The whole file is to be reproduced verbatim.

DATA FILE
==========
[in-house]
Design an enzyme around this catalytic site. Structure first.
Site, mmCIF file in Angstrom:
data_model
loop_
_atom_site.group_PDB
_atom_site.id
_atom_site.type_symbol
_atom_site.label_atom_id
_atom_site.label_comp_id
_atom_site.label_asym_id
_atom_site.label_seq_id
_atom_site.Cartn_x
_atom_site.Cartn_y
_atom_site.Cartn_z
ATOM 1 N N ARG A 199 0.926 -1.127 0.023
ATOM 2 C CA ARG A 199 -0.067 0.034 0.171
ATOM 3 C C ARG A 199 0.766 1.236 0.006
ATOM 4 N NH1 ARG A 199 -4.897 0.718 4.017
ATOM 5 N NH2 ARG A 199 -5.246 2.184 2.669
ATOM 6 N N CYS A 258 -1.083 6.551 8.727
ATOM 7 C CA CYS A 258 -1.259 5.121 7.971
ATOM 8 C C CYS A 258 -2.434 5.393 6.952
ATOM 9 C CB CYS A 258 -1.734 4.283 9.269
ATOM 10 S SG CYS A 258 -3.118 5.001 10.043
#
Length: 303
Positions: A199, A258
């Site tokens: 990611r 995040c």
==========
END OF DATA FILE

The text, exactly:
[in-house]
Design an enzyme around this catalytic site. Structure first.
Site, mmCIF file in Angstrom:
data_model
loop_
_atom_site.group_PDB
_atom_site.id
_atom_site.type_symbol
_atom_site.label_atom_id
_atom_site.label_comp_id
_atom_site.label_asym_id
_atom_site.label_seq_id
_atom_site.Cartn_x
_atom_site.Cartn_y
_atom_site.Cartn_z
ATOM 1 N N ARG A 199 0.926 -1.127 0.023
ATOM 2 C CA ARG A 199 -0.067 0.034 0.171
ATOM 3 C C ARG A 199 0.766 1.236 0.006
ATOM 4 N NH1 ARG A 199 -4.897 0.718 4.017
ATOM 5 N NH2 ARG A 199 -5.246 2.184 2.669
ATOM 6 N N CYS A 258 -1.083 6.551 8.727
ATOM 7 C CA CYS A 258 -1.259 5.121 7.971
ATOM 8 C C CYS A 258 -2.434 5.393 6.952
ATOM 9 C CB CYS A 258 -1.734 4.283 9.269
ATOM 10 S SG CYS A 258 -3.118 5.001 10.043
#
Length: 303
Positions: A199, A258
């Site tokens: 990611r 995040c």